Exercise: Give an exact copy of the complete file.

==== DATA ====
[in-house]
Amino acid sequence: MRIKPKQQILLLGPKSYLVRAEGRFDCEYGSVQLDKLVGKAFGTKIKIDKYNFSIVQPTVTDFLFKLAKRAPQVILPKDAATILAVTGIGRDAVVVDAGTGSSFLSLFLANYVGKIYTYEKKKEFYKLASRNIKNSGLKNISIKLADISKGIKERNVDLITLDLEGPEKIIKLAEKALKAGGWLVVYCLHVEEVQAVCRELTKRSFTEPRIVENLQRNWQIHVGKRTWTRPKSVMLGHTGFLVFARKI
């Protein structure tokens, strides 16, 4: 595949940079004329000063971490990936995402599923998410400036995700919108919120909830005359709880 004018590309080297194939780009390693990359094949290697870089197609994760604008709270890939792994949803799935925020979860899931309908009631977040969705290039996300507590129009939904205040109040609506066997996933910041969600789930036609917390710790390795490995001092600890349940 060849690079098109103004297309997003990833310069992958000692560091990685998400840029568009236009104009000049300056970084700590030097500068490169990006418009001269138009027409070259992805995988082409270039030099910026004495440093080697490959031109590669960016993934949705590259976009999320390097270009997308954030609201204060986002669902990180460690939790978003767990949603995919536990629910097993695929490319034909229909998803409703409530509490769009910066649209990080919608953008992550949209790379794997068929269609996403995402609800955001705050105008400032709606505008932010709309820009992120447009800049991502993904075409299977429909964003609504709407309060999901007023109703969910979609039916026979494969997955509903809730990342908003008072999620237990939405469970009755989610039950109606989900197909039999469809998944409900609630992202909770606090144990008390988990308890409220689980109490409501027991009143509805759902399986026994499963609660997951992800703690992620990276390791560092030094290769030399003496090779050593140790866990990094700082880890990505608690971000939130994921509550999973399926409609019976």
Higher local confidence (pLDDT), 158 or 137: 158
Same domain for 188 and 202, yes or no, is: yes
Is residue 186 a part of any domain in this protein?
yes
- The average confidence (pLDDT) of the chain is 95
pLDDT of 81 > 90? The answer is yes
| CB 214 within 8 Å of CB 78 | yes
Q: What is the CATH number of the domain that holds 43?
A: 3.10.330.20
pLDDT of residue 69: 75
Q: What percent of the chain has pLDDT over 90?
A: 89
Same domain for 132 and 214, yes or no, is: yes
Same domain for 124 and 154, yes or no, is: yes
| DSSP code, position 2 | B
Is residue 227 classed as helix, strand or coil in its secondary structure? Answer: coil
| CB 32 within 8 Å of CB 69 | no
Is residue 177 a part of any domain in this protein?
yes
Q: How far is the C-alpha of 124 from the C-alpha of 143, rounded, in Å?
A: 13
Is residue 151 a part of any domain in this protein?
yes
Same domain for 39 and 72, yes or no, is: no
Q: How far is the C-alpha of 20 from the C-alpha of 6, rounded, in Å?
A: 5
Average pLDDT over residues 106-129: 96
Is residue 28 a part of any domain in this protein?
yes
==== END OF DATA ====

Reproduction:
[in-house]
Amino acid sequence: MRIKPKQQILLLGPKSYLVRAEGRFDCEYGSVQLDKLVGKAFGTKIKIDKYNFSIVQPTVTDFLFKLAKRAPQVILPKDAATILAVTGIGRDAVVVDAGTGSSFLSLFLANYVGKIYTYEKKKEFYKLASRNIKNSGLKNISIKLADISKGIKERNVDLITLDLEGPEKIIKLAEKALKAGGWLVVYCLHVEEVQAVCRELTKRSFTEPRIVENLQRNWQIHVGKRTWTRPKSVMLGHTGFLVFARKI
């Protein structure tokens, strides 16, 4: 595949940079004329000063971490990936995402599923998410400036995700919108919120909830005359709880 004018590309080297194939780009390693990359094949290697870089197609994760604008709270890939792994949803799935925020979860899931309908009631977040969705290039996300507590129009939904205040109040609506066997996933910041969600789930036609917390710790390795490995001092600890349940 060849690079098109103004297309997003990833310069992958000692560091990685998400840029568009236009104009000049300056970084700590030097500068490169990006418009001269138009027409070259992805995988082409270039030099910026004495440093080697490959031109590669960016993934949705590259976009999320390097270009997308954030609201204060986002669902990180460690939790978003767990949603995919536990629910097993695929490319034909229909998803409703409530509490769009910066649209990080919608953008992550949209790379794997068929269609996403995402609800955001705050105008400032709606505008932010709309820009992120447009800049991502993904075409299977429909964003609504709407309060999901007023109703969910979609039916026979494969997955509903809730990342908003008072999620237990939405469970009755989610039950109606989900197909039999469809998944409900609630992202909770606090144990008390988990308890409220689980109490409501027991009143509805759902399986026994499963609660997951992800703690992620990276390791560092030094290769030399003496090779050593140790866990990094700082880890990505608690971000939130994921509550999973399926409609019976």
Higher local confidence (pLDDT), 158 or 137: 158
Same domain for 188 and 202, yes or no, is: yes
Is residue 186 a part of any domain in this protein?
yes
- The average confidence (pLDDT) of the chain is 95
pLDDT of 81 > 90? The answer is yes
| CB 214 within 8 Å of CB 78 | yes
Q: What is the CATH number of the domain that holds 43?
A: 3.10.330.20
pLDDT of residue 69: 75
Q: What percent of the chain has pLDDT over 90?
A: 89
Same domain for 132 and 214, yes or no, is: yes
Same domain for 124 and 154, yes or no, is: yes
| DSSP code, position 2 | B
Is residue 227 classed as helix, strand or coil in its secondary structure? Answer: coil
| CB 32 within 8 Å of CB 69 | no
Is residue 177 a part of any domain in this protein?
yes
Q: How far is the C-alpha of 124 from the C-alpha of 143, rounded, in Å?
A: 13
Is residue 151 a part of any domain in this protein?
yes
Same domain for 39 and 72, yes or no, is: no
Q: How far is the C-alpha of 20 from the C-alpha of 6, rounded, in Å?
A: 5
Average pLDDT over residues 106-129: 96
Is residue 28 a part of any domain in this protein?
yes